Diocese, Bodziak deny accusations
Sisters filed lawsuits contending abuse by church leaders
The Altoona-Johnstown Roman Catholic Diocese officials and the Rev. Charles Bodziak deny accusations made in civil lawsuits filed against them.
The diocese and Bodziak filed answers on Oct. 7 to lawsuits brought against them in June by sisters Renee Rice and Cheryl Haun.
“Defendant Bodziak … denies any sexual interest in children and denies he ever utilized his position to ‘groom’ or seek sexual gratification from any child, at any time,” Bodziak’s answer to the lawsuit states.
The complaint filed for Rice alleges abuse between 1975 and 1981 when she was between 8 and 14 years old. Haun’s complaint alleges she was abused between 1976 and 1977, when she was between 7 and 8 years old.
The defendants named in Rice and Haun’s lawsuits are Bodziak, the diocese, retired Bishop Joseph Adamec and Monsignor Michael Servinsky, executor of the estate of decease Bishop James Hogan, who was running the diocese during the women’s childhood.
The diocese’s answer to the complaints argues that the plaintiffs, Haun, 47, and Rice, 49, are barred by the statute of limitations from bringing a civil suit. In support of its position, the diocese states that the plaintiffs were adults during the time when sexual abuse allegations were litigated against the Rev. Francis Luddy. Bishop James Hogan and the diocese were defendants in that case for allegedly protecting Luddy. The lawsuit was widely publicized in Blair County, the diocese’s answer stated. “And yet (the plaintiff) did not initiate her cause of action until June 21, 2016,” the diocese stated.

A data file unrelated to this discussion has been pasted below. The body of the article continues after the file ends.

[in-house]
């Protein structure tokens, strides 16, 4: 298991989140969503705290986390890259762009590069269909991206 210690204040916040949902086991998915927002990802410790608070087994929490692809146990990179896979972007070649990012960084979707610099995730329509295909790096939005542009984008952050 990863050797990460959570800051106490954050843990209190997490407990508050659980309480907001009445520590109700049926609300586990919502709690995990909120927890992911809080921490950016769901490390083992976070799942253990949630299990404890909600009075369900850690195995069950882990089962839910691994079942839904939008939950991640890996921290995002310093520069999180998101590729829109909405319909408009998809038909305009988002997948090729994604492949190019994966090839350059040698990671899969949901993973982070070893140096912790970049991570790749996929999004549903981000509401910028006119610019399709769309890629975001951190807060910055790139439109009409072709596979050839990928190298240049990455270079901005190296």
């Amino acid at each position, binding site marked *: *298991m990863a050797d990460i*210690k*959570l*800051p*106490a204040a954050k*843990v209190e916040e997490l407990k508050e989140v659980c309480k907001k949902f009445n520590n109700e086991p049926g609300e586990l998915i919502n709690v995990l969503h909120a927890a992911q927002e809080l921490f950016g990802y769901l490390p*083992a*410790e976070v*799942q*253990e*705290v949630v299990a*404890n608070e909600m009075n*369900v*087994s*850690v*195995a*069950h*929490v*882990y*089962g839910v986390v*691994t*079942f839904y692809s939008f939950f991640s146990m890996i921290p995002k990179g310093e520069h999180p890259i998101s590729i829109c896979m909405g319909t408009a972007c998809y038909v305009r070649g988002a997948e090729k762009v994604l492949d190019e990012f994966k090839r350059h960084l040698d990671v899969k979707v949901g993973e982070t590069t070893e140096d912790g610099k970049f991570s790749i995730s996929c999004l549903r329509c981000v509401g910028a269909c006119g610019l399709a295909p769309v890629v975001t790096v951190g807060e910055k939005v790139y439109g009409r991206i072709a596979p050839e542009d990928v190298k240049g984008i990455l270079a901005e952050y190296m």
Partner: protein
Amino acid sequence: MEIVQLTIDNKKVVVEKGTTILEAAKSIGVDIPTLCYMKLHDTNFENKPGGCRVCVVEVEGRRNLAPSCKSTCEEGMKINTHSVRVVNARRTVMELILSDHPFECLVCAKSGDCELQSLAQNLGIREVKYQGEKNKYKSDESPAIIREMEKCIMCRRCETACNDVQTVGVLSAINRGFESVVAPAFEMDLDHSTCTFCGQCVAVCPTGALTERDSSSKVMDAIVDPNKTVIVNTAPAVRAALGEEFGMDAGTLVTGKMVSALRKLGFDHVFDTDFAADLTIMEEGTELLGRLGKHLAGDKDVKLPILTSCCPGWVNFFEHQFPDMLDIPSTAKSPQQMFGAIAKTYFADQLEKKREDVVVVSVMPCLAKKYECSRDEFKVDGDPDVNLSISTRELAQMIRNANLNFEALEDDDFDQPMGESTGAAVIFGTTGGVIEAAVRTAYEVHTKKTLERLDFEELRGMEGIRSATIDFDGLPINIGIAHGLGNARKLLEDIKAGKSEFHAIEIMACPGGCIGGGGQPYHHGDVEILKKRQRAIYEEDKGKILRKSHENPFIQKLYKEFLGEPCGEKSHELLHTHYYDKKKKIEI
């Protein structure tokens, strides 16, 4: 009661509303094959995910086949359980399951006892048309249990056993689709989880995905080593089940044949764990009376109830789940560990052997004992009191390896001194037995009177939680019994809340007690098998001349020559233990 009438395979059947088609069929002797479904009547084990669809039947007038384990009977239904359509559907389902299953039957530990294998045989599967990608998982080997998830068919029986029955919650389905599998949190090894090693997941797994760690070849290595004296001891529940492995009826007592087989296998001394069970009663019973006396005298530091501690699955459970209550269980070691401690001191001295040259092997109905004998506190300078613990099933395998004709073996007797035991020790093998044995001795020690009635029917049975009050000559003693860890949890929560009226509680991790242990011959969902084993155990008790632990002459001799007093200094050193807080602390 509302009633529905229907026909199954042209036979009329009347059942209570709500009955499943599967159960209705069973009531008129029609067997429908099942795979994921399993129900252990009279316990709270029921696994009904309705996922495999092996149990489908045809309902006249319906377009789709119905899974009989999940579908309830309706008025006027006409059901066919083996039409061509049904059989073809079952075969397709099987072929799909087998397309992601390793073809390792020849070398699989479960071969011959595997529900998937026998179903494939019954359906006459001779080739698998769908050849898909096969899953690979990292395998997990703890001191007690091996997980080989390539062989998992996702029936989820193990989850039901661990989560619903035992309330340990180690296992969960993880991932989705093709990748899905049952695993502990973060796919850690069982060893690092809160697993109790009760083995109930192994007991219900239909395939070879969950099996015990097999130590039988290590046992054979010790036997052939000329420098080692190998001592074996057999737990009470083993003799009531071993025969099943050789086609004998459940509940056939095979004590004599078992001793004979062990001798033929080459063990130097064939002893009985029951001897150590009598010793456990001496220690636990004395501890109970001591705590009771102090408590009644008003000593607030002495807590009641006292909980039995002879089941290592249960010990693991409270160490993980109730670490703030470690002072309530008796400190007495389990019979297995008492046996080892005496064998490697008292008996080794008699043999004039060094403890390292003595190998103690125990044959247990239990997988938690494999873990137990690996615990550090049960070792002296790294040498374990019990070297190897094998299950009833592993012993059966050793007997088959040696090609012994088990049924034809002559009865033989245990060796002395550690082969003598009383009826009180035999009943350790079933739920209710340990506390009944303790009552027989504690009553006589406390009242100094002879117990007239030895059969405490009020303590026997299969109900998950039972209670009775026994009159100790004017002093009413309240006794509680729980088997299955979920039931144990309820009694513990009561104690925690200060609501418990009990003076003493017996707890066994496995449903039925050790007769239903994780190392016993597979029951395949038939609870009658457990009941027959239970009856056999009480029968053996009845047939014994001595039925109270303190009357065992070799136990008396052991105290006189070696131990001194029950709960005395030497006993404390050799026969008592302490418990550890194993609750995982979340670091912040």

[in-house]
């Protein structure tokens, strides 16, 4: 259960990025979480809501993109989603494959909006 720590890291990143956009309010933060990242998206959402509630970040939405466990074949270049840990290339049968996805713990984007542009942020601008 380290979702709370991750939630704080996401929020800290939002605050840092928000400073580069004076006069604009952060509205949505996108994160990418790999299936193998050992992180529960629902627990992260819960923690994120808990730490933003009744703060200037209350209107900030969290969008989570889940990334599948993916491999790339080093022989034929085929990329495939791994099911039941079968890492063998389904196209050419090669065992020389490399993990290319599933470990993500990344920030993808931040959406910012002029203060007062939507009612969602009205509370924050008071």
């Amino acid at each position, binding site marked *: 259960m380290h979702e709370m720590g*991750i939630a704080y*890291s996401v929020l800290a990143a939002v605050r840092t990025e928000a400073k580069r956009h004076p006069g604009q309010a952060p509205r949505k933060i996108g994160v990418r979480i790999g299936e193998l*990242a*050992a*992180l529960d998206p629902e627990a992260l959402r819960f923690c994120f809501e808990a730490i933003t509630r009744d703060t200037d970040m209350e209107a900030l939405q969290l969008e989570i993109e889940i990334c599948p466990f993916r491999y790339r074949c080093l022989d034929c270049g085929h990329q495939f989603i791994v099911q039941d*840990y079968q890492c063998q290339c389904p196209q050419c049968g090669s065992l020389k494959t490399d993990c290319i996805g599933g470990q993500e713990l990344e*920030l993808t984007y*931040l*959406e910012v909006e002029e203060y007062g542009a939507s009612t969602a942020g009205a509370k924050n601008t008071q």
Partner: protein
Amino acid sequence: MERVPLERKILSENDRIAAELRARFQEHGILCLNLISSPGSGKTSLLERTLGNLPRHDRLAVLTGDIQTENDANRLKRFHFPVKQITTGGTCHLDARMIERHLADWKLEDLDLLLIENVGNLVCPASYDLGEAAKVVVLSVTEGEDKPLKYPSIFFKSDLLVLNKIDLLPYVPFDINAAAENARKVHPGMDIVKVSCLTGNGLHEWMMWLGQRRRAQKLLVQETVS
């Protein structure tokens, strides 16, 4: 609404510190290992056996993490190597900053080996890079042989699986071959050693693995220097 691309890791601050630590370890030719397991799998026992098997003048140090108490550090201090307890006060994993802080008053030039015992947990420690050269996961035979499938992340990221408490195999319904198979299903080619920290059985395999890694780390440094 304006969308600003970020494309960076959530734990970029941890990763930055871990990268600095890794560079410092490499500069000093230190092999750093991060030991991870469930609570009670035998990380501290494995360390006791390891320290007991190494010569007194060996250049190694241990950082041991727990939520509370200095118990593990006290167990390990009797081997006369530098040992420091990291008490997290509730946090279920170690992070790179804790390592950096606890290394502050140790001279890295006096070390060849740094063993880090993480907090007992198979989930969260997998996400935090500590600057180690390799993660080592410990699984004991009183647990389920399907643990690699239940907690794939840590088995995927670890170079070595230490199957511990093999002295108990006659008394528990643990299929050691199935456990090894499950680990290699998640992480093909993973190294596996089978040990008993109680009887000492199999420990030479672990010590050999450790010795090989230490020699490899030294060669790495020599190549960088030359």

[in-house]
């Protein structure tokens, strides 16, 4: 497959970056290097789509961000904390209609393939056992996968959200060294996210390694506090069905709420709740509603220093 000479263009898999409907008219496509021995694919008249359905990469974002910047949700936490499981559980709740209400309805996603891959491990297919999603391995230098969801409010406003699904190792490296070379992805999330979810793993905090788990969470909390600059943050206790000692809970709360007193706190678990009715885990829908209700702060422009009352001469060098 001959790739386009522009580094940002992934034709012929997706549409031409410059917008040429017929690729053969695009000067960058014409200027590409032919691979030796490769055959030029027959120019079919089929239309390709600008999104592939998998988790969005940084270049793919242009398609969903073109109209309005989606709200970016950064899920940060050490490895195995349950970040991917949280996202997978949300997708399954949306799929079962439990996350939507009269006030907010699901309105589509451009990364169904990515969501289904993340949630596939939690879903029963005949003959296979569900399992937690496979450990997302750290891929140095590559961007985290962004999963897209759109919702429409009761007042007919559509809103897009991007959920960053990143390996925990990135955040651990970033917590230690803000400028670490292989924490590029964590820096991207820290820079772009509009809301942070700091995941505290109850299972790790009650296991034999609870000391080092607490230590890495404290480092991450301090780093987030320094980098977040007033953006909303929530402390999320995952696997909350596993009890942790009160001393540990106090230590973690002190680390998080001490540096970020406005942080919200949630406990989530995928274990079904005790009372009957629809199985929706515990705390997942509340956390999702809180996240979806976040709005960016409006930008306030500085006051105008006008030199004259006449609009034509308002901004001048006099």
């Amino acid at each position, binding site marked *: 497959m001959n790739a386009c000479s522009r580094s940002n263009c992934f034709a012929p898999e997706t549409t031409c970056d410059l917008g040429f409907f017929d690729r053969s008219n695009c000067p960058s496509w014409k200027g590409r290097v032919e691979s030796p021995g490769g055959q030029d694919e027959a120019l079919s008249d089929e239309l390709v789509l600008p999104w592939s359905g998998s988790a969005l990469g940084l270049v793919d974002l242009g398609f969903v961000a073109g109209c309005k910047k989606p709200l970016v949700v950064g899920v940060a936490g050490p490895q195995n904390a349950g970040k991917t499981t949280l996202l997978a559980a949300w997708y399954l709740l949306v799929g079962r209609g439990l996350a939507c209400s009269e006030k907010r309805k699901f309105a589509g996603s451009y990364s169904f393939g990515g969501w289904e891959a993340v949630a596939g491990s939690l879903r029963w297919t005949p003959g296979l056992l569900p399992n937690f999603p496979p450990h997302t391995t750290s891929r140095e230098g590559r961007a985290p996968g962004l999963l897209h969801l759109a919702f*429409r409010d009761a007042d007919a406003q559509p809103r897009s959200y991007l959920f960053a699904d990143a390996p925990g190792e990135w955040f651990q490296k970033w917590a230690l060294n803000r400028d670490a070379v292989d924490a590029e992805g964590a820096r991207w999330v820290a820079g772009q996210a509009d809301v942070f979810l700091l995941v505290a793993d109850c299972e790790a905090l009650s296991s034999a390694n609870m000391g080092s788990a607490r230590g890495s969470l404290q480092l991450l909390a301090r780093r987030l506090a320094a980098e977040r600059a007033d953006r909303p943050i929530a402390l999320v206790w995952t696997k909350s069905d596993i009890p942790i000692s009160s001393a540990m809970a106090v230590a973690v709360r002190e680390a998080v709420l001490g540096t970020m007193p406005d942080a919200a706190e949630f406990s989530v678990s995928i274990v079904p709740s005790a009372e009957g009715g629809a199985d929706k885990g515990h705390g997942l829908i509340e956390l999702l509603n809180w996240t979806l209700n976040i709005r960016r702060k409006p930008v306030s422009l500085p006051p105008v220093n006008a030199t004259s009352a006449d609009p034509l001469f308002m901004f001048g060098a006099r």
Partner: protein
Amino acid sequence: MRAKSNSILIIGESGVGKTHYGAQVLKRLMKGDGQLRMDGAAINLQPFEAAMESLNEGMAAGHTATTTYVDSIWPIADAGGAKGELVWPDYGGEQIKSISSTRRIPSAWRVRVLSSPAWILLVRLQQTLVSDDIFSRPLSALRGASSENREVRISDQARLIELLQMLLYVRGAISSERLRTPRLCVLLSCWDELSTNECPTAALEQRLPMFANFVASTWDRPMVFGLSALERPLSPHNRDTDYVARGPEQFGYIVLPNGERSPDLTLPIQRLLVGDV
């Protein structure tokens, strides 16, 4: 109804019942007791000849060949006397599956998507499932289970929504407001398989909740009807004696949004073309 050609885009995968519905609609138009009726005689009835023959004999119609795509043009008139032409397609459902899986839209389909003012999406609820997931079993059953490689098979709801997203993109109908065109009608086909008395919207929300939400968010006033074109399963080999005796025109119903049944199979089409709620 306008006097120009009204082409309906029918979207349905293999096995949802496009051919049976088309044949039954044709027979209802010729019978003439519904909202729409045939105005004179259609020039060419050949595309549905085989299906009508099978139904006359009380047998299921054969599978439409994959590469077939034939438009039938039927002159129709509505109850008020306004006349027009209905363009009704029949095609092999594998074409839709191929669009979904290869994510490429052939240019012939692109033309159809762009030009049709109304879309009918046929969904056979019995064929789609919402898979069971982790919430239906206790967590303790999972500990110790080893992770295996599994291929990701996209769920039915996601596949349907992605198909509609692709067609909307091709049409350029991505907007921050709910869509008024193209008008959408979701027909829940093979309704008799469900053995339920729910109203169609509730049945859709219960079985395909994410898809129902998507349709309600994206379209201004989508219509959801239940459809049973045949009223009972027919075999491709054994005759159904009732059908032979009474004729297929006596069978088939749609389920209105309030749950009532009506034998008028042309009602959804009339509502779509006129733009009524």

However, the sisters’ attorney, Richard Serbin, filed a reply Wednesday that gives reasons for an exception to the statute of limitations — including new information from a statewide grand jury report released in March. The report revealed that the diocese had accumulated records of abuse allegations against dozens of priests, including Bodziak, who was named as a predator in the report because of allegations from other alleged victims. However, the priests continued working in the diocese.
Serbin argues the grand jury report provides information that the Hutchison v. Luddy case did not provide the women years ago.
“It was only after the Pennsylvania Attorney General’s Office was able to secure through the use of subpoenas the records of the diocese that the concealment, fraud and conspiracy (were) revealed,” the reply states in its denial that the Luddy case disclosed the widespread problem of pedophile priests.
“The grand jury report establishes the failure of diocesan defendants to fully and truthfully admit their knowledge of the problem of child sexual predators within the diocese, both in discovery and testimony during the Hutchison litigation,” the plaintiffs’ reply states.
And while the Diocese’s attorney on Wednesday declined to answer whether the diocese denies the grand jury report, Serbin said the diocese’s answer to his clients’ lawsuits clearly is tantamount to a rejection of the report.
“The complaint of my clients incorporates the grand jury findings. If you look at what’s admitted (by the diocese’s answer), nothing is admitted,” he said.
Asked whether the diocese denies the grand jury report, attorney Eric Anderson of the Meyer Darragh, Buckler, Bebenek & Eck law firm in Pittsburgh declined to answer. He said he won’t discuss facts that are being litigated.
Contacted by phone on Wednesday, Serbin responded to the diocese’s position.
“We are dealing with responsibility of church officials to protect children from sexual predators and their failure to accept responsibility,” Serbin said Wednesday.
The amended complaint filed by Serbin in June included a demand for a jury trial.
Mirror Staff Writer Russ O’Reilly is at 946-7435.